“I’m not voting for a theologian in chief, I’m voting for a Commander in Chief.”
That statement was made to me by a very conservative, Evangelical Christian trying to make the point that Mitt Romney’s Mormon faith should not be an issue when it comes to conservative Christians casting a ballot for President. The same person, in other conversations, cited statements made by Jeremiah Wright, the former pastor of Trinity United Church of Christ in Chicago, as a means of evaluating the nature of the Christian faith claimed by the President, and questioned the sincerity of it in the way that it affects his position on political issues with a moral perspective. In other words, faith doesn’t matter as much for candidates who hold a political position with which you agree, but it should be a factor in evaluating those on the other side.
That’s inconsistent. But it is the way a whole lot of people, particularly white, conservative, Evangelical Protestants, are evaluating faith when it comes to the presidential campaign. So much for attempting to write off the issue by references to John F. Kennedy’s Catholic faith. If Jeremiah Wright is something you bring up, then the President’s faith matters to you. If you are an Evangelical Christian, then by the same token, Mitt Romney’s Mormon faith should be a huge question for you. President Obama separated from Trinity UCC and repudiated Wright’s remarks. Romney, who is not just a member of the Mormon church, but also served a two year mission on its behalf, and belongs to one of its priesthoods by virtue of his temple oath, and as such is designated as a “bishop,” remains a faithful Mormon. That is a difference worth thinking about, at least as far as I am concerned.
There is relatively little that lines up theologically and Biblically between Mormons and Evangelical Christians. On the surface, most Christians know that Mormonism is a different gospel than the salvation by grace through faith in Jesus and his atoning sacrifice. They know that Mormons elevate the importance of the “standard works” of the church, their unique “scripture” over the Bible, and that they believe the Bible only “insofar as it is correctly translated.” Some may know that Mormons believe God has a body of flesh and bone, and is an exalted man. They may or may not know the long, and sometimes confusing history of Mormon prophecy, that Mormons believe that their “living prophet” utters the very word of God in a way that exceeds even the authority of the church’s standard works, and the Bible, and that he represents to them the very will of God himself. But most Christians are unaware of some of the core doctrines of Mormon teaching, related to the temple rituals, the priesthood orders, and the prophecy laid down regarding the future of the world, the role of the United States and the role of the Mormon church in leading it. And that is the very aspect of it that should be considered with the question about whether the faith of the President of the United States should be a consideration in casting a ballot.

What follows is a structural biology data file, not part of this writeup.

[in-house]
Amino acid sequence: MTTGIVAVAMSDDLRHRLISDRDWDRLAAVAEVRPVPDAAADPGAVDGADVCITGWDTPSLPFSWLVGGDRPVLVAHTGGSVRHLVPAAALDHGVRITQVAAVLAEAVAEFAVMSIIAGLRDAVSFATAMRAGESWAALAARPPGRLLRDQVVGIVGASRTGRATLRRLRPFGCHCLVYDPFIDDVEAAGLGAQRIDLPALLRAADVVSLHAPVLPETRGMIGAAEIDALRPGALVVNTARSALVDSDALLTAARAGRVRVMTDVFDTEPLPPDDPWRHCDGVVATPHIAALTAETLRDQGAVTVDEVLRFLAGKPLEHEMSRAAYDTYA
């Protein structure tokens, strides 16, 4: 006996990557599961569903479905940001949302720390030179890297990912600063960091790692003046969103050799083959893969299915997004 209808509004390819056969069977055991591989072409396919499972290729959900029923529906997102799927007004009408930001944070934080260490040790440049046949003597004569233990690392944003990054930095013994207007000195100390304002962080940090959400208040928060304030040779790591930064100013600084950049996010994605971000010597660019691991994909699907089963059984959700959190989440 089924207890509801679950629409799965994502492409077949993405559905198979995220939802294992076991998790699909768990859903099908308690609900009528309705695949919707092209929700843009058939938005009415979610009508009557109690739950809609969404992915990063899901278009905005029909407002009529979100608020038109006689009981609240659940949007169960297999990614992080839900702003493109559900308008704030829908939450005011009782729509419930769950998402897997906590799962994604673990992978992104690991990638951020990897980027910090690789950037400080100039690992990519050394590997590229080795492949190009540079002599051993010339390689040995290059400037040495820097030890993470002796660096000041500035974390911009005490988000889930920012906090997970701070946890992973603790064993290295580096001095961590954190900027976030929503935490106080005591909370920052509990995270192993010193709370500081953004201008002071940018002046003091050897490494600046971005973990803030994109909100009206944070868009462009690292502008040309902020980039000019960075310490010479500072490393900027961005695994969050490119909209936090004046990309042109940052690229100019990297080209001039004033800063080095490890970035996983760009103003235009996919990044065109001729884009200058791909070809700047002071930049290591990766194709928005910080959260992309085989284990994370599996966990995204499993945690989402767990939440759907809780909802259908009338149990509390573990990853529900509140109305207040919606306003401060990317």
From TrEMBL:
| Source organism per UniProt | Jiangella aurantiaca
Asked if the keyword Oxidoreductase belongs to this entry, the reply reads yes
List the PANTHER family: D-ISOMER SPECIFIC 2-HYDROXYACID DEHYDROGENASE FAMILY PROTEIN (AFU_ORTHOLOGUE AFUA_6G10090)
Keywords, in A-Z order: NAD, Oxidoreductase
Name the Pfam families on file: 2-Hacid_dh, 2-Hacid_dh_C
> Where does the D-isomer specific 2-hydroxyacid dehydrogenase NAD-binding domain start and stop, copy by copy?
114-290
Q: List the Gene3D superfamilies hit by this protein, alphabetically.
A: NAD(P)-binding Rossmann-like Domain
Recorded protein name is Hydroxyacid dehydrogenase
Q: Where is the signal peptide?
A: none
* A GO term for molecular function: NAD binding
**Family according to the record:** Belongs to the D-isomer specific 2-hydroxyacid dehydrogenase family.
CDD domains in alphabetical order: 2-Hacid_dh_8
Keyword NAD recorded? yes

What I hear most often from conservative Christians is the justification of voting for Romney based on his verbalized position in support of the pro-life issue, and opposition to same sex marriage. I’m opposed to both of those things, but I do not see, in Romney, a defender of either position. The only political record he made was as governor of Massachusetts. He was not opposed to either practice while in office. One’s Christian faith should make an absolute difference on both of these issues, as it does for millions of Christians. What does it say about Romney’s Mormon faith, if he could be favorable to same sex marriage, and in fact, as governor, order magistrates to begin issuing marriage licenses to gay couples, and be openly pro-choice? And remember, Romney is not just your run of the mill Mormon church member. He’s served a two year mission, and has been through at least one temple ritual in which he was placed into one of the church’s priesthood orders, enabling him to serve as the bishop of a local ward. His pro-choice position and his position on same sex marriage were obviously not a problem for the Mormon church. So why do so many Christians seem to think they can depend on him to deliver on either of those issues as President? Is it just because he says he’s changed his mind and because it is in the Republican platform? Both George H.W. Bush, and George W. Bush “changed their mind” on abortion, and it was in the party platform when they were elected, but neither of them were committed enough to their words to appoint the justices to the Supreme Court who would overturn the Roe decision. Neither Romney’s record, nor his Mormon faith, provides any indication that things would be different if he is elected.
When you walk into the ballot box, it is just you, your convictions, and the voting machine, whatever device is placed before you. As a Christian, committed to belief that the Bible is the written word of the living God, and that it is truth, without any mixture of error, I cannot help but give much consideration and prayer to the vote that I will cast, not only for President, but for every political office on the ballot. Faith matters, and it makes a difference. Different people will express that in different ways. But the fact of the matter is that the faith practiced by the President of the United States does make a difference.